naturopathic physician

West meets East: 10 tips to prevent illness from our naturopathic physician, Dr. Laura Dr. Laura Wollman N.D. and acupuncturist Jon Conant LaC.

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“Give your immune health a good fist bump!”



The best way to prevent illness during the change of weather is to make sure your lifestyle habits are in line with promoting optimum health and vitality.  This includes sleep, diet, exercise, stress reduction and others.  Naturopathic physicians are trained to help people remove what are termed “obstacles to cure,” essentially, what is preventing you from being as healthy as you can be?  When you visit a naturopathic doctor, they look at all aspects of your health including your physical, mental, emotional and social health to investigate which areas could use some support.  Here’s a quick checklist of natural and lifestyle remedies to maintain your health this winter:

1. Sleep

Is sleep listed #1 because it’s the most important? Possibly! You are three times more likely to contract a cold when exposed to a virus if you sleep less than seven hours compared with people who sleep eight hours or more. This may be because when we sleep we produce more T cells and cytokines, which are cells that help our immune systems and fight infection. Sleep also helps our bodies mount a fever, which is an important defense mechanism against bacteria and viruses.

2. Probiotics

There are numerous systems in the body that benefit from a healthy probiotic flora, including boosting your first line defenses against sickly invaders. Probiotics decrease the incidence, duration, and severity of respiratory illnesses as well as the duration and severity of the common cold. It also helps with the treatment of diarrhea in cases of gastroenteritis. Probiotics are found in supplement form as well as in fermented foods such as yogurt or kefir, raw sauerkraut, kimchi, miso and tempeh. If you suspect you have any dairy sensitivities you may want to stick with non-dairy sources.

3. Chicken Soup

Chicken and vegetable soup, particularly when flavored with particular medicinal herbs. ‘The Science of Chicken Soup’ is another example of science catching up with tradition. Chicken soup is full of nutrition from foods that can fortify a person and their immune system, and certain herbs and veggies can be added to clear the sinuses and throat, ease digestion, and boost energy.

4. Food

Naturopathic medicine suggests we avoid sugar, simple carbohydrates, and trans fats -are particularly important during the winter months when our immune systems need to be in top form. Sugar both has the ability to inhibit immune cells that help fight infection while at the same time feed the bacteria and viruses that cause them. When the weather starts to turn, go with soups, stews, and stir-fries with lots of fresh herbs, mushrooms, and garlic. Brightly colored fruits and veggies also contain many antioxidant compounds that can help our body’s function their best.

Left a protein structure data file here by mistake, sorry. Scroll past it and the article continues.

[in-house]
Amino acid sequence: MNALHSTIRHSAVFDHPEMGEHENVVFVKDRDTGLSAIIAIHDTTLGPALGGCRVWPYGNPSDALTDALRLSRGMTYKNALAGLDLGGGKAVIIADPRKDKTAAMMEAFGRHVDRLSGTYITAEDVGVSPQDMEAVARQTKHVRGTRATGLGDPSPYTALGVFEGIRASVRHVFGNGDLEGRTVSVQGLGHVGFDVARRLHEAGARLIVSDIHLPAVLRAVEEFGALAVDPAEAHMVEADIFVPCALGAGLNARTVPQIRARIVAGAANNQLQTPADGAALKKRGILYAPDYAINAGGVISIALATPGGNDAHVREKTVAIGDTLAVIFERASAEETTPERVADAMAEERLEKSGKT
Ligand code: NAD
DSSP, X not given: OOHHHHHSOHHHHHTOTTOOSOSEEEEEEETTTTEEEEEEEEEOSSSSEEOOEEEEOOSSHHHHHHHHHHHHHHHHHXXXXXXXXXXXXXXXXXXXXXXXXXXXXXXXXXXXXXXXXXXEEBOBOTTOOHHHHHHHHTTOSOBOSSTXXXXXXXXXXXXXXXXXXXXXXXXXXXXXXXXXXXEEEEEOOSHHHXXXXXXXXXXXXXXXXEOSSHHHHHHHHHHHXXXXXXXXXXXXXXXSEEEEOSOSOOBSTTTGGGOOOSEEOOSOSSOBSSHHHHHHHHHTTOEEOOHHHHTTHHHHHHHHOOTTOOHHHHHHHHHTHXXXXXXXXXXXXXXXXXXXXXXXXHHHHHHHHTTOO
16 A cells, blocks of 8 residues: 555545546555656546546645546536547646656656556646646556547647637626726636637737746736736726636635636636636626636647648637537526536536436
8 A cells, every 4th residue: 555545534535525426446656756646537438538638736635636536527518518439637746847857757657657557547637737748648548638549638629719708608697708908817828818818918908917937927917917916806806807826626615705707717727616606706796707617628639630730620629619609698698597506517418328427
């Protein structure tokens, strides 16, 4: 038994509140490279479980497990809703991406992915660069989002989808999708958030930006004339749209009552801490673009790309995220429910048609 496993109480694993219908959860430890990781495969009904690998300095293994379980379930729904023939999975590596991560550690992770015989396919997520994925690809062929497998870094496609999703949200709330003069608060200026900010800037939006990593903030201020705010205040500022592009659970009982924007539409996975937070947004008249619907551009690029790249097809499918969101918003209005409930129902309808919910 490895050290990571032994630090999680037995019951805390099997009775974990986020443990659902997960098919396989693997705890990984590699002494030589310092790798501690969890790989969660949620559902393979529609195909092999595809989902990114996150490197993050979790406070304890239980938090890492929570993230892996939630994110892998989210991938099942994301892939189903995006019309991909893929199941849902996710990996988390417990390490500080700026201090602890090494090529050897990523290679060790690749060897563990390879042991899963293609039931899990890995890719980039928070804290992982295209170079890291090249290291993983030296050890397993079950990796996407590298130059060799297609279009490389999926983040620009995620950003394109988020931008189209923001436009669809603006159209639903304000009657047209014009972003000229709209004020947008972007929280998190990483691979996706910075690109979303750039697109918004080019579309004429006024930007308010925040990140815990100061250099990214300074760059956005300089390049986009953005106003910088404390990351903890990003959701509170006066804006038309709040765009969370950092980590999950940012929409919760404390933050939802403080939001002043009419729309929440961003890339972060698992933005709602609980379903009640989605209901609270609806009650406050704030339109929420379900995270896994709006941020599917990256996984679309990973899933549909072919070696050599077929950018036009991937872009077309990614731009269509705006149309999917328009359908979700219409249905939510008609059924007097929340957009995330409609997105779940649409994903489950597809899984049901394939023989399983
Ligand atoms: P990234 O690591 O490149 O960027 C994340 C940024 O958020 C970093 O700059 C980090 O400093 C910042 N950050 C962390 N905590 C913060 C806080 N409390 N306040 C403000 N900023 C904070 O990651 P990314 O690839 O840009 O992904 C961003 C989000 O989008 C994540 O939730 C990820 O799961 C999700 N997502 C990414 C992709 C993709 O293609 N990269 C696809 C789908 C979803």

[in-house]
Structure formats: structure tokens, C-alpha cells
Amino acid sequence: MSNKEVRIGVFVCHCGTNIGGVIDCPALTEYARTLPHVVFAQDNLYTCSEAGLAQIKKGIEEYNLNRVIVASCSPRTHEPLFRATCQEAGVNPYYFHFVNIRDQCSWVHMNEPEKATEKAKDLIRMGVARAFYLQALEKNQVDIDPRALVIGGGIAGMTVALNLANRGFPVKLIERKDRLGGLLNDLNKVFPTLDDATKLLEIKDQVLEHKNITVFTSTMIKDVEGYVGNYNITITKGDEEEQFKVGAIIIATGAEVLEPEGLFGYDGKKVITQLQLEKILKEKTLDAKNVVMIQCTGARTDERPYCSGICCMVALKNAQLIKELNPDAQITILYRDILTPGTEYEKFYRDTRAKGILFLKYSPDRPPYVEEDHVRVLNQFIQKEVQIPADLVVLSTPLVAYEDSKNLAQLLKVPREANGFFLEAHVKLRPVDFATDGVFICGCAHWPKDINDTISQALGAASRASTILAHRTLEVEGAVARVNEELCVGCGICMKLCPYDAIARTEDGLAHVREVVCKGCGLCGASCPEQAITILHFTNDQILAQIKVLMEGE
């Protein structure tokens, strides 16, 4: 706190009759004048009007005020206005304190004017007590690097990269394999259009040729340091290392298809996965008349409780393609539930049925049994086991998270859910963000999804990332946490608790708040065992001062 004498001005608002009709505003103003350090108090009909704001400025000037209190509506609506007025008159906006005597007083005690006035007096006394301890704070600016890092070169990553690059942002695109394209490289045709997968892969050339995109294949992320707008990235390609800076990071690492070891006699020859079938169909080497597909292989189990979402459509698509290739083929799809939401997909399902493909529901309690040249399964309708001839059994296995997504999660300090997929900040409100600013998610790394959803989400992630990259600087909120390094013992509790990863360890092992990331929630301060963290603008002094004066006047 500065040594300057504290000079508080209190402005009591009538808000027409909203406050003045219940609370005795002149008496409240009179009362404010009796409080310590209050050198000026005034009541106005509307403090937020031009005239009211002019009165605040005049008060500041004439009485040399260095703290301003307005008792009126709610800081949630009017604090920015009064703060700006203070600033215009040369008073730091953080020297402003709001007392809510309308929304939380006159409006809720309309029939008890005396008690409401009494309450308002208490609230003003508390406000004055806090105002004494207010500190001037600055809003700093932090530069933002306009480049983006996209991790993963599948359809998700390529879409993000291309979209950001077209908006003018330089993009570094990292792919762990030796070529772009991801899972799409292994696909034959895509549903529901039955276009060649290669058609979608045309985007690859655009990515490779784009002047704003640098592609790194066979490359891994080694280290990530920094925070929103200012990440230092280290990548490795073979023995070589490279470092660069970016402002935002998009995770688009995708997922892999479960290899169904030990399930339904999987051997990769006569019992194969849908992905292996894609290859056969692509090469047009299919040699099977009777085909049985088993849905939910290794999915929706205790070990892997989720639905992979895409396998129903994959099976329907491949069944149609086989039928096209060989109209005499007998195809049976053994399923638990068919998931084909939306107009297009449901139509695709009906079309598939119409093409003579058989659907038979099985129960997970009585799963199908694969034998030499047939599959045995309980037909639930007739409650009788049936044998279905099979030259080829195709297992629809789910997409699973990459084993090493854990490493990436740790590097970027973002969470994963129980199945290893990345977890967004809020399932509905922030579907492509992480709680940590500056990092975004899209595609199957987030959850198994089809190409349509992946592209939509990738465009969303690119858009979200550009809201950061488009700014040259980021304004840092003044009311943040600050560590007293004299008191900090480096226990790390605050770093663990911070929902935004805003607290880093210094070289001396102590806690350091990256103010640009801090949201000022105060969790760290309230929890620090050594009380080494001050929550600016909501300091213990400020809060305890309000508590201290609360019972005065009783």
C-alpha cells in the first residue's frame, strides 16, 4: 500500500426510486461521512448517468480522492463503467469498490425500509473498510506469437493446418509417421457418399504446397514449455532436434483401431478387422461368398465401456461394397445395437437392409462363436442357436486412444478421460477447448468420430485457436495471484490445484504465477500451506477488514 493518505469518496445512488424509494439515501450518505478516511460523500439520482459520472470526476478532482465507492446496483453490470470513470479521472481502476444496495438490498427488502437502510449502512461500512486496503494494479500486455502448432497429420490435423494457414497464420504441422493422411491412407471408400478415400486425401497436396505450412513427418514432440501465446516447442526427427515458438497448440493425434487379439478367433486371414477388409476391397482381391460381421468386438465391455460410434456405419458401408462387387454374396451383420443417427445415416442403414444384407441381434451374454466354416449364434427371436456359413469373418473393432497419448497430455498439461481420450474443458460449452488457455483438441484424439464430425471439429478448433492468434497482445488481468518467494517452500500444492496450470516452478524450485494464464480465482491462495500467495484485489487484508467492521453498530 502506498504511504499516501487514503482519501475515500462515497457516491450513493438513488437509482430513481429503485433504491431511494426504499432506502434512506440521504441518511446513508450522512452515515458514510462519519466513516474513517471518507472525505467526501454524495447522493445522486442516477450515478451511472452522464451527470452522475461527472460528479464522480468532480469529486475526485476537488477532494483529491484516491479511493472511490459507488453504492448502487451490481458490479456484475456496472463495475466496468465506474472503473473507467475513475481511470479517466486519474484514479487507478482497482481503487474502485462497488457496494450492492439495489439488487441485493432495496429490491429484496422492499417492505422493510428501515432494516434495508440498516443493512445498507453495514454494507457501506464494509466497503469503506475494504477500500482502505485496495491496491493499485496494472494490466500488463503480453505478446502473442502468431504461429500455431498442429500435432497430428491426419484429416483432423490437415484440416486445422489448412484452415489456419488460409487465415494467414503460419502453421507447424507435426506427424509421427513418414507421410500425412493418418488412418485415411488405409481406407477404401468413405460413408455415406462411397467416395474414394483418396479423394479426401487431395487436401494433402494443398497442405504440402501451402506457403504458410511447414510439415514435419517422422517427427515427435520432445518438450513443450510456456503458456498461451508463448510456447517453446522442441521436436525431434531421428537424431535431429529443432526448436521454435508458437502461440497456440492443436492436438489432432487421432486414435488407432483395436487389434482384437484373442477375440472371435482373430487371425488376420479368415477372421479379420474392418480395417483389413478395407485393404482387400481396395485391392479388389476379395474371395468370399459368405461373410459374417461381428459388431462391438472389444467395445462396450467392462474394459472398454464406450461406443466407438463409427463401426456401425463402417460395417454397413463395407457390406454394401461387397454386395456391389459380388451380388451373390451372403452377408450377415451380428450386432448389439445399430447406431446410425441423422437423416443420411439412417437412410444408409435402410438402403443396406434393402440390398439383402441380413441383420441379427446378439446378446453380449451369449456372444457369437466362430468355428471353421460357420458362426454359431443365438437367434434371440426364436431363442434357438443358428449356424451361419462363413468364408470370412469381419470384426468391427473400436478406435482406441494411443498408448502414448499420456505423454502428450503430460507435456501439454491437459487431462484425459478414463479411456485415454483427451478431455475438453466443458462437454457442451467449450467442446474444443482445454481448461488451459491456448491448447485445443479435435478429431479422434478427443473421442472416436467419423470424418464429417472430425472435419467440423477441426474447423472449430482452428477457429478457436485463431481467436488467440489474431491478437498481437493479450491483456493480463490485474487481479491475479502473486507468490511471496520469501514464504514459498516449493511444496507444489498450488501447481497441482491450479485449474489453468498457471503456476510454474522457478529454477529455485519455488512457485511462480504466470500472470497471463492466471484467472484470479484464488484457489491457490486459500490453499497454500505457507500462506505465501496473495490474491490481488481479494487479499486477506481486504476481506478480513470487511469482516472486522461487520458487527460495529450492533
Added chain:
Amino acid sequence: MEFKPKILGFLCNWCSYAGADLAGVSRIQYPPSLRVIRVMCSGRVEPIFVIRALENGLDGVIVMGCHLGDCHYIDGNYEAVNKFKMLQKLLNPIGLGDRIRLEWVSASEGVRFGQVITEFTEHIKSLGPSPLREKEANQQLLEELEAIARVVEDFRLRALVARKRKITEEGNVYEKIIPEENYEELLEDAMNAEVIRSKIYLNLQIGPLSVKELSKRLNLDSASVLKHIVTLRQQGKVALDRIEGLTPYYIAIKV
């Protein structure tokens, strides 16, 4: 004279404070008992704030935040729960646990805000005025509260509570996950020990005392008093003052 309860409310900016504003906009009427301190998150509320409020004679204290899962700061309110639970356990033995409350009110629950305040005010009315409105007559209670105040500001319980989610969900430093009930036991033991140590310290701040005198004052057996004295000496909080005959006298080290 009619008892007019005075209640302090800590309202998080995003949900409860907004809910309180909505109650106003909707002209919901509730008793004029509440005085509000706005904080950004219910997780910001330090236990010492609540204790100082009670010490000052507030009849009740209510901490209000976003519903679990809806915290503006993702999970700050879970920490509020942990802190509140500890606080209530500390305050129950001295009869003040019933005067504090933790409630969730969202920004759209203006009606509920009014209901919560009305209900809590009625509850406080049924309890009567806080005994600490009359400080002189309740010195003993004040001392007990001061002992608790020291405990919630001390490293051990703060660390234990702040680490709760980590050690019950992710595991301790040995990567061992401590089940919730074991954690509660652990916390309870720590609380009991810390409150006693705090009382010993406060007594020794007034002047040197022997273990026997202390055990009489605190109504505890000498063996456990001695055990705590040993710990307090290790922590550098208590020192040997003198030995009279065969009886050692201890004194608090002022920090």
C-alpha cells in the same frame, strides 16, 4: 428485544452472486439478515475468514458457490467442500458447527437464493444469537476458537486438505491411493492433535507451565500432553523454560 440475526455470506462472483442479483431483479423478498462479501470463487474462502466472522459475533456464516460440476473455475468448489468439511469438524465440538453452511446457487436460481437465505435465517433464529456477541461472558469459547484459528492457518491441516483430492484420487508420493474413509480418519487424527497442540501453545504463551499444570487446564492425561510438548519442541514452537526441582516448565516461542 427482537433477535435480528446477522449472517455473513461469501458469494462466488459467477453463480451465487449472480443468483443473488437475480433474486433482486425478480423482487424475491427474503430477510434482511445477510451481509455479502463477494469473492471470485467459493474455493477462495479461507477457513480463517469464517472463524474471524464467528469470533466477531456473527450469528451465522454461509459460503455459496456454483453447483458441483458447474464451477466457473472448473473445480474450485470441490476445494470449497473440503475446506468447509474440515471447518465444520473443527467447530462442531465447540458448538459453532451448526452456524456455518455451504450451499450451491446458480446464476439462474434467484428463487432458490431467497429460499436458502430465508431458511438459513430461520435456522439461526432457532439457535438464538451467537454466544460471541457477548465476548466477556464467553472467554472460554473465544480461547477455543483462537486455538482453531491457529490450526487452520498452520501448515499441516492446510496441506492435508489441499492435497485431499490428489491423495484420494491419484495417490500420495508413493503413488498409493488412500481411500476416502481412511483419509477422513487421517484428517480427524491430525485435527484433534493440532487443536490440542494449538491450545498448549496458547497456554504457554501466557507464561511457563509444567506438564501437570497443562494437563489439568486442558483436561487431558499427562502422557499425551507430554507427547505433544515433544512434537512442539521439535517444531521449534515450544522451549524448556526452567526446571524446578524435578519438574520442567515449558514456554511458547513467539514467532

Eastern medicine tells us to keep your Lung and Spleen Qi happy. Some of the best things for these organs and the qi they contribute to your immunity are what NOT to do.  Alcohol, sweets, greasy, carb-rich, or excessively spicy foods can bog down these organs and your defenses, so pass on them as much as possible during this season.  Light and easy to digest foods keep this type of qi strong and moving fluidly.  A touch of spice, such as from peppers, can stimulate your Lung Qi; however too much can harm it.

Focus on warm foods for the fall and winter. Keeping your body and digestion warm and percolating will keep the cold, damp Pacific NW weather from weakening your immune health.  In Chinese Medicine, it’s been observed that cold and flu can ride into the body with the cold damp weather, and protecting yourself from it will prevent the pathogens from entering your system. Stay warm and reasonably dry, including on the inside from the digestive system’s perspective.

5. Garlic & other herbs

Garlic has been termed “Russian penicillin” because it was used to fight infections in Russian soldiers during WWII once the actual penicillin ran out. This herb has powerful antimicrobial activity and has been shown to reduce the likelihood of catching a cold. All forms of garlic are encouraged during the winter months weather it be cooked in soups, stews, and stir-fries, or even eaten raw. Chopping up and taking one as if it were a pill each day of the winter months or when you feel a cold coming on is a terrific way of boosting your immune system.

Add garlic, ginger and green onions to at the end of cooking a dish or soup, and you’ll have a powerful way to open your nose and sinuses and elevate the clarity of your senses. Ginger and garlic in particular have great antimicrobial effects. Oregano, sage, and rosemary are antimicrobial and antioxidant.